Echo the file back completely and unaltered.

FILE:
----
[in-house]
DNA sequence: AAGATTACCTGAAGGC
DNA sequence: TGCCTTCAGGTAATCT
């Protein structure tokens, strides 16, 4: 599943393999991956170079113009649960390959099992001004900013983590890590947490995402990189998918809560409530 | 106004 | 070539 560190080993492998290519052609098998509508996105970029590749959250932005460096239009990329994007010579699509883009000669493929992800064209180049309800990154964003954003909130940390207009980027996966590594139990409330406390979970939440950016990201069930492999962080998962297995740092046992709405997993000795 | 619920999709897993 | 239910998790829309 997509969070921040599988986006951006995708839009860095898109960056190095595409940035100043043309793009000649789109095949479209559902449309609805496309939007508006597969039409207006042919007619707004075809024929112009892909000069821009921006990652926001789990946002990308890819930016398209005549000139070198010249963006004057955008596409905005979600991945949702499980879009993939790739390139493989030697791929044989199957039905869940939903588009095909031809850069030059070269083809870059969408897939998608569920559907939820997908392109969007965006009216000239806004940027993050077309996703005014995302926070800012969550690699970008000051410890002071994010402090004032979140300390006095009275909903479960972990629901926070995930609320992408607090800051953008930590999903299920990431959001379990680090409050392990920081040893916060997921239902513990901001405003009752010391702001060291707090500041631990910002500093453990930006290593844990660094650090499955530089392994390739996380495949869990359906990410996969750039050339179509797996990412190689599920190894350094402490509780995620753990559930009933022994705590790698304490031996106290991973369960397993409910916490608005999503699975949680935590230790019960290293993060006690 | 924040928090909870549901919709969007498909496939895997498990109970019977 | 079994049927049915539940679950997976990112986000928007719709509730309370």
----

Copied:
[in-house]
DNA sequence: AAGATTACCTGAAGGC
DNA sequence: TGCCTTCAGGTAATCT
């Protein structure tokens, strides 16, 4: 599943393999991956170079113009649960390959099992001004900013983590890590947490995402990189998918809560409530 | 106004 | 070539 560190080993492998290519052609098998509508996105970029590749959250932005460096239009990329994007010579699509883009000669493929992800064209180049309800990154964003954003909130940390207009980027996966590594139990409330406390979970939440950016990201069930492999962080998962297995740092046992709405997993000795 | 619920999709897993 | 239910998790829309 997509969070921040599988986006951006995708839009860095898109960056190095595409940035100043043309793009000649789109095949479209559902449309609805496309939007508006597969039409207006042919007619707004075809024929112009892909000069821009921006990652926001789990946002990308890819930016398209005549000139070198010249963006004057955008596409905005979600991945949702499980879009993939790739390139493989030697791929044989199957039905869940939903588009095909031809850069030059070269083809870059969408897939998608569920559907939820997908392109969007965006009216000239806004940027993050077309996703005014995302926070800012969550690699970008000051410890002071994010402090004032979140300390006095009275909903479960972990629901926070995930609320992408607090800051953008930590999903299920990431959001379990680090409050392990920081040893916060997921239902513990901001405003009752010391702001060291707090500041631990910002500093453990930006290593844990660094650090499955530089392994390739996380495949869990359906990410996969750039050339179509797996990412190689599920190894350094402490509780995620753990559930009933022994705590790698304490031996106290991973369960397993409910916490608005999503699975949680935590230790019960290293993060006690 | 924040928090909870549901919709969007498909496939895997498990109970019977 | 079994049927049915539940679950997976990112986000928007719709509730309370």